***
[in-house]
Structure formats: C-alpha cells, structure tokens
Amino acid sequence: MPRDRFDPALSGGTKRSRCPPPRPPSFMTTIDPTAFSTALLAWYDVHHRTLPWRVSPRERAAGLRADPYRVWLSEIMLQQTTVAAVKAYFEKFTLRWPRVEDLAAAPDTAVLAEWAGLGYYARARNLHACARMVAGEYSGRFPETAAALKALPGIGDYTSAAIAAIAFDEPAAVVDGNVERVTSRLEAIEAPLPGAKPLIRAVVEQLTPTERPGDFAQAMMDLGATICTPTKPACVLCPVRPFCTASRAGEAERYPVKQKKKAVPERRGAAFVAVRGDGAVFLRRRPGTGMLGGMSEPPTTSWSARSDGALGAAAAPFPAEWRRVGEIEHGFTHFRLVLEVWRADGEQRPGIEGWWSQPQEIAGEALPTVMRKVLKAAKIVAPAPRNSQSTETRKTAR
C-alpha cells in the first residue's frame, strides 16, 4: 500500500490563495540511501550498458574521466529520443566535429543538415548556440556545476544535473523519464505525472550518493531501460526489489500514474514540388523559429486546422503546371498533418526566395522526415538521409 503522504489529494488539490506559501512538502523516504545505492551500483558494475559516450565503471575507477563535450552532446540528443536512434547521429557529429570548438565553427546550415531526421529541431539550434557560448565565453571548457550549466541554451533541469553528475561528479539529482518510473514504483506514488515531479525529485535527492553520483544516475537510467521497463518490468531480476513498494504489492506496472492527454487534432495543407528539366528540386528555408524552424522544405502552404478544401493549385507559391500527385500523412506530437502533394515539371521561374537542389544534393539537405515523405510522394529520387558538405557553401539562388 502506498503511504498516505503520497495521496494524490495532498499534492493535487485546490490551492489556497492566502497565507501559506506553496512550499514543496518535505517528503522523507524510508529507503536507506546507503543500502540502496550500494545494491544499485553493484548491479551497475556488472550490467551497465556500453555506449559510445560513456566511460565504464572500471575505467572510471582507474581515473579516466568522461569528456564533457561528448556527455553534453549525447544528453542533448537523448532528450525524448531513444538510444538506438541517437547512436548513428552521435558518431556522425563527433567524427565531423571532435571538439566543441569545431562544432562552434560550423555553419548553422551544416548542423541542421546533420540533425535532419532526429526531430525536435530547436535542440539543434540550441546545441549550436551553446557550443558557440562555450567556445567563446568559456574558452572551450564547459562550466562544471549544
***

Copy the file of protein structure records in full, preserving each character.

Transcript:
[in-house]
Structure formats: C-alpha cells, structure tokens
Amino acid sequence: MPRDRFDPALSGGTKRSRCPPPRPPSFMTTIDPTAFSTALLAWYDVHHRTLPWRVSPRERAAGLRADPYRVWLSEIMLQQTTVAAVKAYFEKFTLRWPRVEDLAAAPDTAVLAEWAGLGYYARARNLHACARMVAGEYSGRFPETAAALKALPGIGDYTSAAIAAIAFDEPAAVVDGNVERVTSRLEAIEAPLPGAKPLIRAVVEQLTPTERPGDFAQAMMDLGATICTPTKPACVLCPVRPFCTASRAGEAERYPVKQKKKAVPERRGAAFVAVRGDGAVFLRRRPGTGMLGGMSEPPTTSWSARSDGALGAAAAPFPAEWRRVGEIEHGFTHFRLVLEVWRADGEQRPGIEGWWSQPQEIAGEALPTVMRKVLKAAKIVAPAPRNSQSTETRKTAR
C-alpha cells in the first residue's frame, strides 16, 4: 500500500490563495540511501550498458574521466529520443566535429543538415548556440556545476544535473523519464505525472550518493531501460526489489500514474514540388523559429486546422503546371498533418526566395522526415538521409 503522504489529494488539490506559501512538502523516504545505492551500483558494475559516450565503471575507477563535450552532446540528443536512434547521429557529429570548438565553427546550415531526421529541431539550434557560448565565453571548457550549466541554451533541469553528475561528479539529482518510473514504483506514488515531479525529485535527492553520483544516475537510467521497463518490468531480476513498494504489492506496472492527454487534432495543407528539366528540386528555408524552424522544405502552404478544401493549385507559391500527385500523412506530437502533394515539371521561374537542389544534393539537405515523405510522394529520387558538405557553401539562388 502506498503511504498516505503520497495521496494524490495532498499534492493535487485546490490551492489556497492566502497565507501559506506553496512550499514543496518535505517528503522523507524510508529507503536507506546507503543500502540502496550500494545494491544499485553493484548491479551497475556488472550490467551497465556500453555506449559510445560513456566511460565504464572500471575505467572510471582507474581515473579516466568522461569528456564533457561528448556527455553534453549525447544528453542533448537523448532528450525524448531513444538510444538506438541517437547512436548513428552521435558518431556522425563527433567524427565531423571532435571538439566543441569545431562544432562552434560550423555553419548553422551544416548542423541542421546533420540533425535532419532526429526531430525536435530547436535542440539543434540550441546545441549550436551553446557550443558557440562555450567556445567563446568559456574558452572551450564547459562550466562544471549544